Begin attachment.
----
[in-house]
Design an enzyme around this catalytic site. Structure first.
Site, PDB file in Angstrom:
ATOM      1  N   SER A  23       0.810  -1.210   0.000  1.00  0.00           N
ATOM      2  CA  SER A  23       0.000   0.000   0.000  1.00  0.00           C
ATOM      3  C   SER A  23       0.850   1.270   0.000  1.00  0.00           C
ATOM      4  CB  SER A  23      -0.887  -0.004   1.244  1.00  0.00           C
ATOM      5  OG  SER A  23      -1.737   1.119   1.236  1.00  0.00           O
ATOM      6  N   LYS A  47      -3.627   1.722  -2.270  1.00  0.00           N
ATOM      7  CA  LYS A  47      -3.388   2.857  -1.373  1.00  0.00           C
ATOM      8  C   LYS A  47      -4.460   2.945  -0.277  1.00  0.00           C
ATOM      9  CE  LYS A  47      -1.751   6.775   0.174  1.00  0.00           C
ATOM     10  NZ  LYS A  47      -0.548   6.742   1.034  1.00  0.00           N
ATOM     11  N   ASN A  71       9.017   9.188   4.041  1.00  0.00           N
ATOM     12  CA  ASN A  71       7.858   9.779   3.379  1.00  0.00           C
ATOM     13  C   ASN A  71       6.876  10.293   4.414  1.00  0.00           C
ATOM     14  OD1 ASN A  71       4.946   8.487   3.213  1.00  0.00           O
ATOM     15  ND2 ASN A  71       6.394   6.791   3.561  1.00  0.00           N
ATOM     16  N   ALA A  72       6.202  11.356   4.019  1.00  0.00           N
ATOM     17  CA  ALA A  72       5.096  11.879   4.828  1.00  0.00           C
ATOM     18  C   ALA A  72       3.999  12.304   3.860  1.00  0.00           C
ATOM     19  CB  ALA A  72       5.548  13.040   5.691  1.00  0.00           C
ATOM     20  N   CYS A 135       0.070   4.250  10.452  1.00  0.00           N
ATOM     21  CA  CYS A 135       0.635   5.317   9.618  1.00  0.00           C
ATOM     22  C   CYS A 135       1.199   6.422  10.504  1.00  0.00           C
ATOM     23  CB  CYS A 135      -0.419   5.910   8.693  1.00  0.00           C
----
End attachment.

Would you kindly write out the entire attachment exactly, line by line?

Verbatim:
[in-house]
Design an enzyme around this catalytic site. Structure first.
Site, PDB file in Angstrom:
ATOM      1  N   SER A  23       0.810  -1.210   0.000  1.00  0.00           N
ATOM      2  CA  SER A  23       0.000   0.000   0.000  1.00  0.00           C
ATOM      3  C   SER A  23       0.850   1.270   0.000  1.00  0.00           C
ATOM      4  CB  SER A  23      -0.887  -0.004   1.244  1.00  0.00           C
ATOM      5  OG  SER A  23      -1.737   1.119   1.236  1.00  0.00           O
ATOM      6  N   LYS A  47      -3.627   1.722  -2.270  1.00  0.00           N
ATOM      7  CA  LYS A  47      -3.388   2.857  -1.373  1.00  0.00           C
ATOM      8  C   LYS A  47      -4.460   2.945  -0.277  1.00  0.00           C
ATOM      9  CE  LYS A  47      -1.751   6.775   0.174  1.00  0.00           C
ATOM     10  NZ  LYS A  47      -0.548   6.742   1.034  1.00  0.00           N
ATOM     11  N   ASN A  71       9.017   9.188   4.041  1.00  0.00           N
ATOM     12  CA  ASN A  71       7.858   9.779   3.379  1.00  0.00           C
ATOM     13  C   ASN A  71       6.876  10.293   4.414  1.00  0.00           C
ATOM     14  OD1 ASN A  71       4.946   8.487   3.213  1.00  0.00           O
ATOM     15  ND2 ASN A  71       6.394   6.791   3.561  1.00  0.00           N
ATOM     16  N   ALA A  72       6.202  11.356   4.019  1.00  0.00           N
ATOM     17  CA  ALA A  72       5.096  11.879   4.828  1.00  0.00           C
ATOM     18  C   ALA A  72       3.999  12.304   3.860  1.00  0.00           C
ATOM     19  CB  ALA A  72       5.548  13.040   5.691  1.00  0.00           C
ATOM     20  N   CYS A 135       0.070   4.250  10.452  1.00  0.00           N
ATOM     21  CA  CYS A 135       0.635   5.317   9.618  1.00  0.00           C
ATOM     22  C   CYS A 135       1.199   6.422  10.504  1.00  0.00           C
ATOM     23  CB  CYS A 135      -0.419   5.910   8.693  1.00  0.00           C